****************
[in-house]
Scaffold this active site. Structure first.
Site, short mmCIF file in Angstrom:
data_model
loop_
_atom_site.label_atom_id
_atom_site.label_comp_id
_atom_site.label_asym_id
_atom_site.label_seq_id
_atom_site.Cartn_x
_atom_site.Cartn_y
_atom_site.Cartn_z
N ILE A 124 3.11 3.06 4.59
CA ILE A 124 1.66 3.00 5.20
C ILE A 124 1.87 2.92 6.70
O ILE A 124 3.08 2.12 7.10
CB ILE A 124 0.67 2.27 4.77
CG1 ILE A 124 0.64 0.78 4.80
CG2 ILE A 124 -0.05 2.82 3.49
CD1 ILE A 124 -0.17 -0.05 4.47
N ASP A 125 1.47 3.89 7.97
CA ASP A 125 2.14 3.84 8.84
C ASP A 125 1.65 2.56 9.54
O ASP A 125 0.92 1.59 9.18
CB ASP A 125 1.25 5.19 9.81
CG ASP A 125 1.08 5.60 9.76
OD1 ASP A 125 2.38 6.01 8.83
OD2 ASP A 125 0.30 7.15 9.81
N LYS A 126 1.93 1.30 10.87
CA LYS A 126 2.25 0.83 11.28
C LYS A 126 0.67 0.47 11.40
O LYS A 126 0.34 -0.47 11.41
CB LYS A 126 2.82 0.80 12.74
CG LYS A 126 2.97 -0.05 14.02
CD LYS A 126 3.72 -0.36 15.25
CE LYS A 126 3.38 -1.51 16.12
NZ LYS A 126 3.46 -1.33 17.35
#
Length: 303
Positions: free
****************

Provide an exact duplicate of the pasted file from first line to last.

[in-house]
Scaffold this active site. Structure first.
Site, short mmCIF file in Angstrom:
data_model
loop_
_atom_site.label_atom_id
_atom_site.label_comp_id
_atom_site.label_asym_id
_atom_site.label_seq_id
_atom_site.Cartn_x
_atom_site.Cartn_y
_atom_site.Cartn_z
N ILE A 124 3.11 3.06 4.59
CA ILE A 124 1.66 3.00 5.20
C ILE A 124 1.87 2.92 6.70
O ILE A 124 3.08 2.12 7.10
CB ILE A 124 0.67 2.27 4.77
CG1 ILE A 124 0.64 0.78 4.80
CG2 ILE A 124 -0.05 2.82 3.49
CD1 ILE A 124 -0.17 -0.05 4.47
N ASP A 125 1.47 3.89 7.97
CA ASP A 125 2.14 3.84 8.84
C ASP A 125 1.65 2.56 9.54
O ASP A 125 0.92 1.59 9.18
CB ASP A 125 1.25 5.19 9.81
CG ASP A 125 1.08 5.60 9.76
OD1 ASP A 125 2.38 6.01 8.83
OD2 ASP A 125 0.30 7.15 9.81
N LYS A 126 1.93 1.30 10.87
CA LYS A 126 2.25 0.83 11.28
C LYS A 126 0.67 0.47 11.40
O LYS A 126 0.34 -0.47 11.41
CB LYS A 126 2.82 0.80 12.74
CG LYS A 126 2.97 -0.05 14.02
CD LYS A 126 3.72 -0.36 15.25
CE LYS A 126 3.38 -1.51 16.12
NZ LYS A 126 3.46 -1.33 17.35
#
Length: 303
Positions: free